Northampton Media reports on the Planning Board’s March 25 joint public hearing with the City Council’s Ordinance Committee. The hearing considered a citizen petition to prohibit landfills from Northampton’s Water Supply Protection Districts. The Planning Board split 3-3 on whether to forward the petition to the City Council with a positive recommendation. We’ll provide a video of this hearing on our blip.tv channel within a few days. The Ordinance Committee will meet on April 12 to discuss the petition further.
An initial vote had members Baker, Sullivan and Johnston in support of recommending the amendment to the Ordinance Committee, with Richards, Kohout and Gilson in opposition. In light of the tied vote, a second motion to advance the zone change with no recommendation passed unanimously.
“It was wrong of the DEP to grant the waiver,” said Johnston, who called the final vote to advance with no recommendation “pathetic”.
Sullivan said that he was “morally” in favor of the resolution, even if it proved to have no effect upon the zoning and permitting process.
Baker called the zoning amendment a “simple, clear, and responsible way to eliminate the maybes and whatevers”.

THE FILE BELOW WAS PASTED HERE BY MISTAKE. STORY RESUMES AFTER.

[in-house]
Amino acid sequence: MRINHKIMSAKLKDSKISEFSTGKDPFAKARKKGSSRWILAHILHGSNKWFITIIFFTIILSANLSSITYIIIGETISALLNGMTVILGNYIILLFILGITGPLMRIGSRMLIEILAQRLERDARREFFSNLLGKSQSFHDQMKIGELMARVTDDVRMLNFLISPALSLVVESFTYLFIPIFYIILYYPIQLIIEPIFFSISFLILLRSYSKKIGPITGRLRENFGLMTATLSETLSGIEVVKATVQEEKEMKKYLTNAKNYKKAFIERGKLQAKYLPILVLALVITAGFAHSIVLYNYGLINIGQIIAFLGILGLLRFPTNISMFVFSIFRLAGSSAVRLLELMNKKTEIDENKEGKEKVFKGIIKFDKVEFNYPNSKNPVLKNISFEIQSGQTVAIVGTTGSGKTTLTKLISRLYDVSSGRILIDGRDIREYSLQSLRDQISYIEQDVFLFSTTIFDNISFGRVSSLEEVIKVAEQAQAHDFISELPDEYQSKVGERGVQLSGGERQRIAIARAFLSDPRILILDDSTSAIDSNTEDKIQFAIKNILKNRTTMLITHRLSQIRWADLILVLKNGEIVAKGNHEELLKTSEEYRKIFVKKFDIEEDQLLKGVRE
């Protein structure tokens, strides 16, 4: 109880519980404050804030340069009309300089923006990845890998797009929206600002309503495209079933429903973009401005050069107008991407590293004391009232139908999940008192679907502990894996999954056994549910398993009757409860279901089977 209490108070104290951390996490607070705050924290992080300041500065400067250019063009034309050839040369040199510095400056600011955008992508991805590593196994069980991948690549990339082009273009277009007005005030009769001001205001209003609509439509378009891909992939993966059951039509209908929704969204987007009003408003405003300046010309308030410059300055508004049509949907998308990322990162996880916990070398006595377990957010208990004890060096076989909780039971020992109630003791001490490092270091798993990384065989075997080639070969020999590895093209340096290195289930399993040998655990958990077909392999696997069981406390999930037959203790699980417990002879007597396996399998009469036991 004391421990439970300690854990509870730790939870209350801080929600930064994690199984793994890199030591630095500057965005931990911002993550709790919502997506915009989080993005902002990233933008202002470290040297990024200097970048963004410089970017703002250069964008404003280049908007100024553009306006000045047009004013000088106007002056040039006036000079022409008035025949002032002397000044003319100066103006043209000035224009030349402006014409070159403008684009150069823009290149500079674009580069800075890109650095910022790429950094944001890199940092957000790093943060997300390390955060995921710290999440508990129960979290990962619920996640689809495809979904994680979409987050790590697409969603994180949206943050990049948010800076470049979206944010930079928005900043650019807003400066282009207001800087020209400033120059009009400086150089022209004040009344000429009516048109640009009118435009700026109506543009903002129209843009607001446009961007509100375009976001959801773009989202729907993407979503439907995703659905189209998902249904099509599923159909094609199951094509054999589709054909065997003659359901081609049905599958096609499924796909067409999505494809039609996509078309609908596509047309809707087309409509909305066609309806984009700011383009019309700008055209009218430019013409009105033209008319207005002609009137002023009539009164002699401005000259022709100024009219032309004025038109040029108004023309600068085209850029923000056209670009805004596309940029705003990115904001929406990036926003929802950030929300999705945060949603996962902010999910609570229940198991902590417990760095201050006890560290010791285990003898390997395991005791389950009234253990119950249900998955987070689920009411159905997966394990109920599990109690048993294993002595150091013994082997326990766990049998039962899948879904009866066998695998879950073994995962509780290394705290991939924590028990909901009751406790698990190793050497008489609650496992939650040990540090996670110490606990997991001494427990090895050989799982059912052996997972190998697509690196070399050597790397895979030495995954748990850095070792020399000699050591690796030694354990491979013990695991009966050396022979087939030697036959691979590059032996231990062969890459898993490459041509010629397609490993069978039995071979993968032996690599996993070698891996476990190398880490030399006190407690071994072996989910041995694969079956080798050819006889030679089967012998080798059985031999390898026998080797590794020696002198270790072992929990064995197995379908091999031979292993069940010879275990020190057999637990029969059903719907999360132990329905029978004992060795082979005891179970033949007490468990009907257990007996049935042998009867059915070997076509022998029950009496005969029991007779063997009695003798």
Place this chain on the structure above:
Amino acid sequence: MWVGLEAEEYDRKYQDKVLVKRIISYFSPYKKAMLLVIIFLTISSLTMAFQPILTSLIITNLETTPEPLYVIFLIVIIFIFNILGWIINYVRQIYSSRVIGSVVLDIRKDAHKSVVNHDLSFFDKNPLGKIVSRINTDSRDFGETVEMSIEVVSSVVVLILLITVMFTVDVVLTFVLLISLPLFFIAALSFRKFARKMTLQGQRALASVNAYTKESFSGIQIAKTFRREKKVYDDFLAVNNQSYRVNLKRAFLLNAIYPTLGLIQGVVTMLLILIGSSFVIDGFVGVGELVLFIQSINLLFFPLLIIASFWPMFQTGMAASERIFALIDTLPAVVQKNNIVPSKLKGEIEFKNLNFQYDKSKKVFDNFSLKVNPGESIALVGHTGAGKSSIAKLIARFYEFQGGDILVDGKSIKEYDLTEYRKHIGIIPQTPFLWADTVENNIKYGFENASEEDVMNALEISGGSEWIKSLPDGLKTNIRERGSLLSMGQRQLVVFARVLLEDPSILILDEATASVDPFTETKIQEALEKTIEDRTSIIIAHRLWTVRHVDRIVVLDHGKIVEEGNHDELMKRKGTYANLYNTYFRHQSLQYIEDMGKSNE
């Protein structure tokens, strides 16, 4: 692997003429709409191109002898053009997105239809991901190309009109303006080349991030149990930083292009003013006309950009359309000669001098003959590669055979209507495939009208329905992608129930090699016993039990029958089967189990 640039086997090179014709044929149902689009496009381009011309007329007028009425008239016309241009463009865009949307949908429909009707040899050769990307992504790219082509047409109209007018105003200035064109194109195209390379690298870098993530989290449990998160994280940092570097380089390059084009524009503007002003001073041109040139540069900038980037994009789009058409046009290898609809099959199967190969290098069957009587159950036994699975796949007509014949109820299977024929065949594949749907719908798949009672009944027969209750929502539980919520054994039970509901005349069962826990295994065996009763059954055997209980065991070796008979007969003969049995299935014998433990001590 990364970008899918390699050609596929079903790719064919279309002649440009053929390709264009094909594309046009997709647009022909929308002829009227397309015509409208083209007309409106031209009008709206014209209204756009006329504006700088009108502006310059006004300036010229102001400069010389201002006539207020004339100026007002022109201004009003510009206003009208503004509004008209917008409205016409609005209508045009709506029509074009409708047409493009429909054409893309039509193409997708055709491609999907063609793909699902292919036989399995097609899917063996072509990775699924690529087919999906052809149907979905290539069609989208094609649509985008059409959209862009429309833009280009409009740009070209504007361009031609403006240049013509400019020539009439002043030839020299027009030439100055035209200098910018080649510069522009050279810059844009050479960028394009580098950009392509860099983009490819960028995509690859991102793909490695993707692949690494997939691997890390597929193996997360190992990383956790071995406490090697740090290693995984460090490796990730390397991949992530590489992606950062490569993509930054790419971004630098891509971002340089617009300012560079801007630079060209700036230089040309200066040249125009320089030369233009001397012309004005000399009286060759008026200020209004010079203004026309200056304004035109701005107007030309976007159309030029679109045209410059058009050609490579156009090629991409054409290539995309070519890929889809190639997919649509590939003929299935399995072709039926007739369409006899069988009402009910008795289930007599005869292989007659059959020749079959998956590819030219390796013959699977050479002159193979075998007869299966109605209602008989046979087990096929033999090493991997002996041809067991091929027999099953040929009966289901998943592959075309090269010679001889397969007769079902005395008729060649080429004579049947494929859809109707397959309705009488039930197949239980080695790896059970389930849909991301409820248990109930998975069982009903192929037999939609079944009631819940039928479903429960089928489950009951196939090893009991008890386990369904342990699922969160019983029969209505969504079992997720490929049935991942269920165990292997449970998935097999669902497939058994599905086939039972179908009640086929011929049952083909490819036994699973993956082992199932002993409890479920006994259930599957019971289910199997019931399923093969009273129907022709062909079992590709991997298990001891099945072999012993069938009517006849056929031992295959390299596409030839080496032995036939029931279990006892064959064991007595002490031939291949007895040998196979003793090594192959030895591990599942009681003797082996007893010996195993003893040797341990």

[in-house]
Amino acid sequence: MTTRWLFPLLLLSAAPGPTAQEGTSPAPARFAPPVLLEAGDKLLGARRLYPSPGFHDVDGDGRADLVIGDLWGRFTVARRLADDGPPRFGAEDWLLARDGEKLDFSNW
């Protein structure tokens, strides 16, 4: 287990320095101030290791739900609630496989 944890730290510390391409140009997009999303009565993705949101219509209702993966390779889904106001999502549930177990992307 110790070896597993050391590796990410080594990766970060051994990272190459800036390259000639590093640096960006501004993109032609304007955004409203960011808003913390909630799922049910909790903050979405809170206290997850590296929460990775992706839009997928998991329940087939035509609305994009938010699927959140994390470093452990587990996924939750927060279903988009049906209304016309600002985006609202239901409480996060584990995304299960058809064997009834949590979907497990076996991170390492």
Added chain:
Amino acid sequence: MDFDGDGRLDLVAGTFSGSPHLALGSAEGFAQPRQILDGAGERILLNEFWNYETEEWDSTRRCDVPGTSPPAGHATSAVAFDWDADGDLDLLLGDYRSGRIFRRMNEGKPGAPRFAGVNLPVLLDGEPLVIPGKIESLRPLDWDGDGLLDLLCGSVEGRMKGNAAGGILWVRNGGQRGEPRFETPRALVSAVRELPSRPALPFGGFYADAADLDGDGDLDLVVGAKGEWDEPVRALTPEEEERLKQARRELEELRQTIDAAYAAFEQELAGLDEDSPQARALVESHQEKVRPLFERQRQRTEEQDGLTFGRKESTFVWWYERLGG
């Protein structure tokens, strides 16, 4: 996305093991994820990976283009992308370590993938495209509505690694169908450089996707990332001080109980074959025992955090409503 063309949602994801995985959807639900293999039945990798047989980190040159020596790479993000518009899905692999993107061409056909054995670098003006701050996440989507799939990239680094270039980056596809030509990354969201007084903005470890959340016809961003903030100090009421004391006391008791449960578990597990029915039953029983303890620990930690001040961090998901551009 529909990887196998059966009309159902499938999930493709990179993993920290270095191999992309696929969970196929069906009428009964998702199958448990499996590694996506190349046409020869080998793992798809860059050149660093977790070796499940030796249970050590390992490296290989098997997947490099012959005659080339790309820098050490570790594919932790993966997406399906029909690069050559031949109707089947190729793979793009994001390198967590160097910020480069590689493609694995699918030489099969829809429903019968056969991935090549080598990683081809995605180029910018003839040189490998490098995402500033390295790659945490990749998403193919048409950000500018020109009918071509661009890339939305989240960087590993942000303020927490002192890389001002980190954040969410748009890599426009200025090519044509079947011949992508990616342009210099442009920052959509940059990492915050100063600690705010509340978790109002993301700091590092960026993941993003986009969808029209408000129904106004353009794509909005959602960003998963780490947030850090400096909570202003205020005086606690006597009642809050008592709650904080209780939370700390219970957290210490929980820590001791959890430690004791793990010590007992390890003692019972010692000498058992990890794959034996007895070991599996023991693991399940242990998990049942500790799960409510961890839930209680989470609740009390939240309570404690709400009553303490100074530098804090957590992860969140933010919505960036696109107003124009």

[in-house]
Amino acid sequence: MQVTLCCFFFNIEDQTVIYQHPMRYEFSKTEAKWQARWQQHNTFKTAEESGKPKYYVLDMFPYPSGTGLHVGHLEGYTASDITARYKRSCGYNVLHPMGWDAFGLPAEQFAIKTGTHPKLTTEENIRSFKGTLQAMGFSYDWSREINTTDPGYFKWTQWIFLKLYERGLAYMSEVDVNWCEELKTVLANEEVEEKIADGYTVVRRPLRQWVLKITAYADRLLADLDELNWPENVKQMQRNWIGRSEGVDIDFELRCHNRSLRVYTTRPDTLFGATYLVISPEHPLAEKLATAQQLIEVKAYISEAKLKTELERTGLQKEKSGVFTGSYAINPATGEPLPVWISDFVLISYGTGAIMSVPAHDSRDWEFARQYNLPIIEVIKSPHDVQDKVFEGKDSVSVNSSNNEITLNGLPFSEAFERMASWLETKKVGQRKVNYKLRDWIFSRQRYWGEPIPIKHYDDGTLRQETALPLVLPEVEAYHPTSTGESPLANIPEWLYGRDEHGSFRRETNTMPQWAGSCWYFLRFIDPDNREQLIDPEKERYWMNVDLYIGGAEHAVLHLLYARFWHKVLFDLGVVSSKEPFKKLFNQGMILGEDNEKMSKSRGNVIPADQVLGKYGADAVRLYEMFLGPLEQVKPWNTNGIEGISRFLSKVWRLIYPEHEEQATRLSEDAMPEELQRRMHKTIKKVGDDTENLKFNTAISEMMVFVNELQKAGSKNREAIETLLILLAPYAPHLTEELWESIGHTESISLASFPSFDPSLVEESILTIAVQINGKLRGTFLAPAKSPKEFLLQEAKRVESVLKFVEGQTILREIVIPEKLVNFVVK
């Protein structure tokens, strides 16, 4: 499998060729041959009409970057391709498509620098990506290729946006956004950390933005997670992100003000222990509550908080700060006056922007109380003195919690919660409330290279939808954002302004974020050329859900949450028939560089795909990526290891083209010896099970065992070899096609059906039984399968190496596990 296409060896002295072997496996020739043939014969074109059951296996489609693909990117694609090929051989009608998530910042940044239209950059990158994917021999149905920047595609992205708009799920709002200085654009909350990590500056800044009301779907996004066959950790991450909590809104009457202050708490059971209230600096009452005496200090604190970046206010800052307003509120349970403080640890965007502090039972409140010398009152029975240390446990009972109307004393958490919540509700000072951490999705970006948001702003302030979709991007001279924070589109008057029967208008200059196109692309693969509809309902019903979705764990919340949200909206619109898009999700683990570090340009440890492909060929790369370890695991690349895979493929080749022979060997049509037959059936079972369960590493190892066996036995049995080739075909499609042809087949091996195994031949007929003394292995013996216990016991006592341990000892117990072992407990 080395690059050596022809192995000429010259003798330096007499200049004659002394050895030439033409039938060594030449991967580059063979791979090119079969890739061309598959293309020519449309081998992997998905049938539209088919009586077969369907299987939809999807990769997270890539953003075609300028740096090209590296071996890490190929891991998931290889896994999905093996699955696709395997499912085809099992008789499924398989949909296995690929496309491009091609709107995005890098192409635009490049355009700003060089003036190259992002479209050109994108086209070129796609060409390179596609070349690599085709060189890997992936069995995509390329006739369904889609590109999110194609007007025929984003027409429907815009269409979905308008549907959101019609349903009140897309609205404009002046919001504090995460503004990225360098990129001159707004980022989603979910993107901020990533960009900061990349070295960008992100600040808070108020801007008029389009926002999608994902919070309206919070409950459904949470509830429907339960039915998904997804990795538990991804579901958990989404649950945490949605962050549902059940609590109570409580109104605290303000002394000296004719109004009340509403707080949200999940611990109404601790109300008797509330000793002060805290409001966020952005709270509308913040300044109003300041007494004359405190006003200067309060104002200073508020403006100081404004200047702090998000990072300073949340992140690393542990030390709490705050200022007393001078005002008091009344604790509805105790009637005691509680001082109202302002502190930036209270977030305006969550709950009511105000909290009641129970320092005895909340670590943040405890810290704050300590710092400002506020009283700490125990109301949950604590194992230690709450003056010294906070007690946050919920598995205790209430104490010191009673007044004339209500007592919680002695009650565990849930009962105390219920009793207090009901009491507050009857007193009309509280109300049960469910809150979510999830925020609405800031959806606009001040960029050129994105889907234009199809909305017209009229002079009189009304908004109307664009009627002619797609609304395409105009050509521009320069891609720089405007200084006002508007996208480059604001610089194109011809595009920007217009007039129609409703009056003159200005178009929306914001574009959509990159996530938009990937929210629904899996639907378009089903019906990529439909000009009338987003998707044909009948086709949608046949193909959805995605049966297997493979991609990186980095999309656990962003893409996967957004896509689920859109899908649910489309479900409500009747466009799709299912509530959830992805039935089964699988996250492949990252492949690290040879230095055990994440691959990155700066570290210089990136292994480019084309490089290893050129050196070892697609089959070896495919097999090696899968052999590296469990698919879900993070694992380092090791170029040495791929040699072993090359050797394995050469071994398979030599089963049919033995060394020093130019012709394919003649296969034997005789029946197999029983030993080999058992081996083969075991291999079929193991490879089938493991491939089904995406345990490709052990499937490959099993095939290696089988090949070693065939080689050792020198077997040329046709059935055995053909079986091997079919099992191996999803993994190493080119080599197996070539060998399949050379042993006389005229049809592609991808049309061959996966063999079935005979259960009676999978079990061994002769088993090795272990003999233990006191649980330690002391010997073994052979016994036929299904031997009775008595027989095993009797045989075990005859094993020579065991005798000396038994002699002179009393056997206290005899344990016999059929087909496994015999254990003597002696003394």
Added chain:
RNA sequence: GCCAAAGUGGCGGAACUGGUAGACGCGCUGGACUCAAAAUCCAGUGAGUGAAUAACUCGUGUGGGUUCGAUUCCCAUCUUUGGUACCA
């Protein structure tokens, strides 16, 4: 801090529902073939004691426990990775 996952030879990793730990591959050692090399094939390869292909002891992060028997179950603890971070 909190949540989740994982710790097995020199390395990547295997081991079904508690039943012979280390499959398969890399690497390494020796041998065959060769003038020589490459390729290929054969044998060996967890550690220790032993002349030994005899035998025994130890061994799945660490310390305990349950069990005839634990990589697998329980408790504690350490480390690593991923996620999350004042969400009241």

Richards opposed the amendment on the grounds that it would be “confusing to voters”.
Kohout opposed the amendment because it “eliminates room for discussing a full range of options”.
Gilson said that the amendment “doesn’t do what the petitioners want, which is to stop the landfill”.
Gazette: “Northampton landfill zoning change up in air: Planners make no recommendation” (3/26/10)
Even though expansion of the Glendale Road facility appears to be on the back burner following a council resolution advising the Board of Public Works to terminate such efforts, opponents note that nothing in the nonbinding resolution removes expansion as a future alternative.
“They are still trying to keep that option open,” said Mimi Odgers, chairwoman of Water Not Waste who lives near the landfill at 97 Glendale Road.
Water Not Waste members want the council to go further and approve a proposed zoning change that would prohibit landfills in water supply protection districts. They remain leery that the city will one day resurrect expansion plans after it studies other ways to deal with its trash, as the BPW is instructed to do in the nonbinding resolution.